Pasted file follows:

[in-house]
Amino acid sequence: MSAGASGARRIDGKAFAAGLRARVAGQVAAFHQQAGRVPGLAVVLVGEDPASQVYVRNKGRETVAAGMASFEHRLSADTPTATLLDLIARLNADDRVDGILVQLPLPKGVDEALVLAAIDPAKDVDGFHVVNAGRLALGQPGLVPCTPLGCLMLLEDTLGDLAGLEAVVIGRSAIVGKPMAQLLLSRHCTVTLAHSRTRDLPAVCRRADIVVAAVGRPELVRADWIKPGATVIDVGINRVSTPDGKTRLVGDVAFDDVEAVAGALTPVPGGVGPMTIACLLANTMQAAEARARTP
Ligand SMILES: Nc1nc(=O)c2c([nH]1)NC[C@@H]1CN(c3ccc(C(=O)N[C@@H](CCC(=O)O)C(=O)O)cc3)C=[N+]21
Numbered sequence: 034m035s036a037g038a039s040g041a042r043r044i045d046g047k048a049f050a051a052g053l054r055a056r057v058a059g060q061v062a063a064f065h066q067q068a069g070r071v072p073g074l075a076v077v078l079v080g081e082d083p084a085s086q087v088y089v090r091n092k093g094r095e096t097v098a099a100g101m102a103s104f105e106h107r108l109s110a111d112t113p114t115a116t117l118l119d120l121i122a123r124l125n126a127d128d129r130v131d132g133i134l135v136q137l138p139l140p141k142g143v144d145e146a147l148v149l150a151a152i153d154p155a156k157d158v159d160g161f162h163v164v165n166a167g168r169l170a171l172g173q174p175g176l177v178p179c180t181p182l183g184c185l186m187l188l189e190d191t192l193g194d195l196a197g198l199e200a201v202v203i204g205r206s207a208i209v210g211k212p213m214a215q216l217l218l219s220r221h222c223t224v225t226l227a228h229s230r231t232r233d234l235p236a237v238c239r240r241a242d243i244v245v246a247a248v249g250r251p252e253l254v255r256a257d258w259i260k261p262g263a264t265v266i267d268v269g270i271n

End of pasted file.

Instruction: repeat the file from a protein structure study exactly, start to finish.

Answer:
[in-house]
Amino acid sequence: MSAGASGARRIDGKAFAAGLRARVAGQVAAFHQQAGRVPGLAVVLVGEDPASQVYVRNKGRETVAAGMASFEHRLSADTPTATLLDLIARLNADDRVDGILVQLPLPKGVDEALVLAAIDPAKDVDGFHVVNAGRLALGQPGLVPCTPLGCLMLLEDTLGDLAGLEAVVIGRSAIVGKPMAQLLLSRHCTVTLAHSRTRDLPAVCRRADIVVAAVGRPELVRADWIKPGATVIDVGINRVSTPDGKTRLVGDVAFDDVEAVAGALTPVPGGVGPMTIACLLANTMQAAEARARTP
Ligand SMILES: Nc1nc(=O)c2c([nH]1)NC[C@@H]1CN(c3ccc(C(=O)N[C@@H](CCC(=O)O)C(=O)O)cc3)C=[N+]21
Numbered sequence: 034m035s036a037g038a039s040g041a042r043r044i045d046g047k048a049f050a051a052g053l054r055a056r057v058a059g060q061v062a063a064f065h066q067q068a069g070r071v072p073g074l075a076v077v078l079v080g081e082d083p084a085s086q087v088y089v090r091n092k093g094r095e096t097v098a099a100g101m102a103s104f105e106h107r108l109s110a111d112t113p114t115a116t117l118l119d120l121i122a123r124l125n126a127d128d129r130v131d132g133i134l135v136q137l138p139l140p141k142g143v144d145e146a147l148v149l150a151a152i153d154p155a156k157d158v159d160g161f162h163v164v165n166a167g168r169l170a171l172g173q174p175g176l177v178p179c180t181p182l183g184c185l186m187l188l189e190d191t192l193g194d195l196a197g198l199e200a201v202v203i204g205r206s207a208i209v210g211k212p213m214a215q216l217l218l219s220r221h222c223t224v225t226l227a228h229s230r231t232r233d234l235p236a237v238c239r240r241a242d243i244v245v246a247a248v249g250r251p252e253l254v255r256a257d258w259i260k261p262g263a264t265v266i267d268v269g270i271n